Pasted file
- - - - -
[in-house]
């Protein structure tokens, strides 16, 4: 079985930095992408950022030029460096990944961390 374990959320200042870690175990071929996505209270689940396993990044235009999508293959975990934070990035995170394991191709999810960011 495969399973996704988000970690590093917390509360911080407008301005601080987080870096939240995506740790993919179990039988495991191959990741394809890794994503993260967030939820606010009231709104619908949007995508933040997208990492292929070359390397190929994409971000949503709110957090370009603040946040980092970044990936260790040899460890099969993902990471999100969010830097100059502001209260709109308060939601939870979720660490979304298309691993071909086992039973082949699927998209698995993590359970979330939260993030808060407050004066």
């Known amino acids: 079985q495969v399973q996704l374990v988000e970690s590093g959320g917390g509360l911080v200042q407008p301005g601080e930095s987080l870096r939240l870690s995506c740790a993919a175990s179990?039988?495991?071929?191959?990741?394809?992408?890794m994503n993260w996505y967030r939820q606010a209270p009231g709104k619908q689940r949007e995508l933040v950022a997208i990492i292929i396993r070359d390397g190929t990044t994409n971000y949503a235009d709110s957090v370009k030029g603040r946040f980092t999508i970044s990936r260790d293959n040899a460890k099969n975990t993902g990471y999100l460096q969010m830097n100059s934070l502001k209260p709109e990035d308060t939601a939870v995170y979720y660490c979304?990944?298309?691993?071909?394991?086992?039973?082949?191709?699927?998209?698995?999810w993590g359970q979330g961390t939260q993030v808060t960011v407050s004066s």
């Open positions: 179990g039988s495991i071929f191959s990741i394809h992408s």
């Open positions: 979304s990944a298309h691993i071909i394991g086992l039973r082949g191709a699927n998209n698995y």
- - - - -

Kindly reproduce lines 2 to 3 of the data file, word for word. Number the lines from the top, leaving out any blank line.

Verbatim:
């Protein structure tokens, strides 16, 4: 079985930095992408950022030029460096990944961390 374990959320200042870690175990071929996505209270689940396993990044235009999508293959975990934070990035995170394991191709999810960011 495969399973996704988000970690590093917390509360911080407008301005601080987080870096939240995506740790993919179990039988495991191959990741394809890794994503993260967030939820606010009231709104619908949007995508933040997208990492292929070359390397190929994409971000949503709110957090370009603040946040980092970044990936260790040899460890099969993902990471999100969010830097100059502001209260709109308060939601939870979720660490979304298309691993071909086992039973082949699927998209698995993590359970979330939260993030808060407050004066």
């Known amino acids: 079985q495969v399973q996704l374990v988000e970690s590093g959320g917390g509360l911080v200042q407008p301005g601080e930095s987080l870096r939240l870690s995506c740790a993919a175990s179990?039988?495991?071929?191959?990741?394809?992408?890794m994503n993260w996505y967030r939820q606010a209270p009231g709104k619908q689940r949007e995508l933040v950022a997208i990492i292929i396993r070359d390397g190929t990044t994409n971000y949503a235009d709110s957090v370009k030029g603040r946040f980092t999508i970044s990936r260790d293959n040899a460890k099969n975990t993902g990471y999100l460096q969010m830097n100059s934070l502001k209260p709109e990035d308060t939601a939870v995170y979720y660490c979304?990944?298309?691993?071909?394991?086992?039973?082949?191709?699927?998209?698995?999810w993590g359970q979330g961390t939260q993030v808060t960011v407050s004066s």